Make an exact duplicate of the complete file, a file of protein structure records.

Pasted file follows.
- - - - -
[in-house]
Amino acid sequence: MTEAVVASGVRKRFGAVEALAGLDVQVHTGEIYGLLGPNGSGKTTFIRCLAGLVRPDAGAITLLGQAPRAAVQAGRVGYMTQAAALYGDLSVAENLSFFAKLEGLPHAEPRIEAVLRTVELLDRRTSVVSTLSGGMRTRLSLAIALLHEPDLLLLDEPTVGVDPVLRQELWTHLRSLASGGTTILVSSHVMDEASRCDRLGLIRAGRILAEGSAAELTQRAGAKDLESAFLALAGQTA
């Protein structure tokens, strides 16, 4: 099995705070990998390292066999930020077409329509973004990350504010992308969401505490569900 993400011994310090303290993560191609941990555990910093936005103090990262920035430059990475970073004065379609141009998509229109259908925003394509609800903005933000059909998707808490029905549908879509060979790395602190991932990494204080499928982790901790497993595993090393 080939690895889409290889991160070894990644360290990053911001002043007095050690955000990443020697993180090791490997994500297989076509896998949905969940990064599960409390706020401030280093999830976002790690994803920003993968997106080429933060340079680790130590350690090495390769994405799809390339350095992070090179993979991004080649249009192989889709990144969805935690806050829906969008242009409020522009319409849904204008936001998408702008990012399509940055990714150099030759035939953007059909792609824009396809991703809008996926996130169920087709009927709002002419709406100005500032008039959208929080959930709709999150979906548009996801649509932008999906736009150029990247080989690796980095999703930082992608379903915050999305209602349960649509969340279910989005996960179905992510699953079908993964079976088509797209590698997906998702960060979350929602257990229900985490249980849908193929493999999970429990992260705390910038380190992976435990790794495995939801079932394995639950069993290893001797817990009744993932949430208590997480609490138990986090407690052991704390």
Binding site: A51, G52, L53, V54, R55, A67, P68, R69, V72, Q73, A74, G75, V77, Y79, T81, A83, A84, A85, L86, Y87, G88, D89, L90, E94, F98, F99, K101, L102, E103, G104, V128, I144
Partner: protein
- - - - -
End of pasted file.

[in-house]
Amino acid sequence: MTEAVVASGVRKRFGAVEALAGLDVQVHTGEIYGLLGPNGSGKTTFIRCLAGLVRPDAGAITLLGQAPRAAVQAGRVGYMTQAAALYGDLSVAENLSFFAKLEGLPHAEPRIEAVLRTVELLDRRTSVVSTLSGGMRTRLSLAIALLHEPDLLLLDEPTVGVDPVLRQELWTHLRSLASGGTTILVSSHVMDEASRCDRLGLIRAGRILAEGSAAELTQRAGAKDLESAFLALAGQTA
């Protein structure tokens, strides 16, 4: 099995705070990998390292066999930020077409329509973004990350504010992308969401505490569900 993400011994310090303290993560191609941990555990910093936005103090990262920035430059990475970073004065379609141009998509229109259908925003394509609800903005933000059909998707808490029905549908879509060979790395602190991932990494204080499928982790901790497993595993090393 080939690895889409290889991160070894990644360290990053911001002043007095050690955000990443020697993180090791490997994500297989076509896998949905969940990064599960409390706020401030280093999830976002790690994803920003993968997106080429933060340079680790130590350690090495390769994405799809390339350095992070090179993979991004080649249009192989889709990144969805935690806050829906969008242009409020522009319409849904204008936001998408702008990012399509940055990714150099030759035939953007059909792609824009396809991703809008996926996130169920087709009927709002002419709406100005500032008039959208929080959930709709999150979906548009996801649509932008999906736009150029990247080989690796980095999703930082992608379903915050999305209602349960649509969340279910989005996960179905992510699953079908993964079976088509797209590698997906998702960060979350929602257990229900985490249980849908193929493999999970429990992260705390910038380190992976435990790794495995939801079932394995639950069993290893001797817990009744993932949430208590997480609490138990986090407690052991704390």
Binding site: A51, G52, L53, V54, R55, A67, P68, R69, V72, Q73, A74, G75, V77, Y79, T81, A83, A84, A85, L86, Y87, G88, D89, L90, E94, F98, F99, K101, L102, E103, G104, V128, I144
Partner: protein